As the aphorism goes, “a rising tide lifts all boats.” While the phrase’s origins come from the economic realm, it’s come to represent the idea that success for one part of the whole will mean greater potential for success for all parties in the group. In other words, your success will benefit those around you, which will then circle back to benefit you even more.

That’s something the UCF Knights will want to keep in mind on the day after their 40-32 loss in the Fiesta Bowl to the LSU Tigers. The loss snapped their 25-game winning streak and put a dent in their case that they deserved to be in the College Football Playoff. It also opened the floodgates for everyone who has been waiting for the chance to reveal the Knights as the “fraud” they are.

In a way, the defeat could end up being a good reset for UCF. The pressure of remaining undefeated is over. And during the streak, they proved once and for all that the system is set up to keep Group of Five conference teams out of the playoff. UCF accomplished so much to be proud of, but they also made it clear that there is no road to the national title through the American Athletic Conference as it currently sits.

But that’s where the rising tides come in.

UCF’s success has brought a ton of attention to the AAC and made some college football fans take notice of its games each weekend. It helped turn the conference from something on par with the Sun Belt (in theory) to one just outside the gates making noise enough that those behind them have to take notice.

And the rest of the conference is going to ride those coattails as much as they can. Cincinnati put together a stellar season of their own, finishing 11-2 and defeating the ACC’s Virginia Tech in the Military Bowl. Schools like Temple, USF, and Memphis all made noise at certain points throughout the season and expect to keep competing in the years to come.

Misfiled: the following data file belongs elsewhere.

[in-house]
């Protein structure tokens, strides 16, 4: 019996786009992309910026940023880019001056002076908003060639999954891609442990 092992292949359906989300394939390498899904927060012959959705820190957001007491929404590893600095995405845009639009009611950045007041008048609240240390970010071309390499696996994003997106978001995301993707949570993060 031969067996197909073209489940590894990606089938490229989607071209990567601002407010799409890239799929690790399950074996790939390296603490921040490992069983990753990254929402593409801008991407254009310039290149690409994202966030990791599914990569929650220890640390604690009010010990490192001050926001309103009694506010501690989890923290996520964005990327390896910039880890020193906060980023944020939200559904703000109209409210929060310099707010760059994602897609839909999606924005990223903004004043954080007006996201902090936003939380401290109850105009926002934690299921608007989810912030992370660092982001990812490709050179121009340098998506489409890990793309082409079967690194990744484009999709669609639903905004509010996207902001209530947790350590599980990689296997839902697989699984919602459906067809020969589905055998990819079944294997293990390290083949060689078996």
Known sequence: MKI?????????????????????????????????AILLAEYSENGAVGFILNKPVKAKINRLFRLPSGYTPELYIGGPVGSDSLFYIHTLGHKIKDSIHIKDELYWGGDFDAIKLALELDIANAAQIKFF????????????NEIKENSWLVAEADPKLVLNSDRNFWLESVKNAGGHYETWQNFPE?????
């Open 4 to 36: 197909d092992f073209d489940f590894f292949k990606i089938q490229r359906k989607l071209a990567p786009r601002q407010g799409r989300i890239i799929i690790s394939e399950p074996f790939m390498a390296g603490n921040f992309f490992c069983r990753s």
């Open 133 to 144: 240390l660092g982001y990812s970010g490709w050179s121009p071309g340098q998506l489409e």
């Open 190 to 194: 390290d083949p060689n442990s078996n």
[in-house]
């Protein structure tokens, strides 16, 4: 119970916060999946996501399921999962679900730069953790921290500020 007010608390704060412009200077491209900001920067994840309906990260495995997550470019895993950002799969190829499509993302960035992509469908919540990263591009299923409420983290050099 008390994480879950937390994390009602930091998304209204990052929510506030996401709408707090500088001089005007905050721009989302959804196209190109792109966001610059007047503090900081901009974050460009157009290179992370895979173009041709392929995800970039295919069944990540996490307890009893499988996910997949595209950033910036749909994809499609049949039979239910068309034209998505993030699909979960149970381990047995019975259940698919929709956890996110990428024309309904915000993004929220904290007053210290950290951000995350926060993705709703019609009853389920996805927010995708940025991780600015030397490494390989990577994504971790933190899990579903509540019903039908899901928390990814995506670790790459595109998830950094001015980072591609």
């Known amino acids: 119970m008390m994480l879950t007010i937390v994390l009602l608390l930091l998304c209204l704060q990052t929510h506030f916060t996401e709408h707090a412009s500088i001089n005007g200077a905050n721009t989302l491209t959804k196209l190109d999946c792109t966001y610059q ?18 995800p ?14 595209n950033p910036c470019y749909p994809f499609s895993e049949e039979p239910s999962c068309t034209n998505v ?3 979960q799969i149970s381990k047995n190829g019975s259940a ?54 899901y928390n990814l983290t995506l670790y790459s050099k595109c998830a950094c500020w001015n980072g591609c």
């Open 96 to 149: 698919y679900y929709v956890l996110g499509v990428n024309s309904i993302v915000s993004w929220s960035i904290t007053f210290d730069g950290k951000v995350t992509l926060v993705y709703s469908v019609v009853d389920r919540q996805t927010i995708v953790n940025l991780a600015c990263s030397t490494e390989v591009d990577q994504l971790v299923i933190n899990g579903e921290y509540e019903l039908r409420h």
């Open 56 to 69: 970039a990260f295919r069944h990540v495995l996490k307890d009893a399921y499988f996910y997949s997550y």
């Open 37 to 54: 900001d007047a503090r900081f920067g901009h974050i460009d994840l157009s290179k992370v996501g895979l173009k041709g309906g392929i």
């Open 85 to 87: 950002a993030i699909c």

And then there’s Houston, who just convinced a Power Five Conference coach to leave his longtime home in West Virginia to come work for them. It’s a special circumstance given how Dana Holgerson was at odds with WVU brass and has a personal connection to the Cougars, but it’s still a huge indicator that the AAC is not messing around anymore. Holgo also joins Connecticut’s Randy Edsall, SMU’s Sonny Dykes, and South Florida’s Charlie Strong as AAC coaches with Power Five experience. Maybe some of them are also-rans looking to rebuild their reputations, but the AAC is no longer so far removed that they can’t accomplish that quickly.

All of which comes back around to UCF. The Knights have been dinged for not playing a strong enough schedule. While they work out their non-conference slate, the conference schedule is undoubtedly going to get better in the years ahead. Houston, USF, Cincinnati, and others aren’t content to be “the other AAC team” each season. They want what UCF has and they’re coming for it. All of which helps UCF’s case (so long as they hold up their end of the bargain).

The future is bright for this up-and-coming conference. Hell, give it a couple more years and we might actually be having a discussion about whether or not the AAC champion is more deserving of a CFP shot than the Pac-12 champion. The way things are trending, we might even be talking about the Power Six conferences as well.

That’s getting ahead of ourselves but the AAC is clearly determined to continue what UCF has started. And while the Knights may have lost on Tuesday, they were already going to come out ahead before that game was even played. The “national championship” swagger might have pissed off some folks, but that was the point. Now comes the fun part…maintaining their status as the conference top dog. It’s going to be harder than it might have seemed even a few months ago. But that’s exactly what UCF wanted.

Mission accomplished.


About Sean Keeley

Sean Keeley is the creator of the Syracuse blog Troy Nunes Is An Absolute Magician and author of 'How To Grow An Orange: The Right Way to Brainwash Your Child Into Rooting for Syracuse.' He has also written non-Syracuse-related things for SB Nation, Curbed, and many other outlets. He currently lives in Seattle. Send tips/comments/complaints to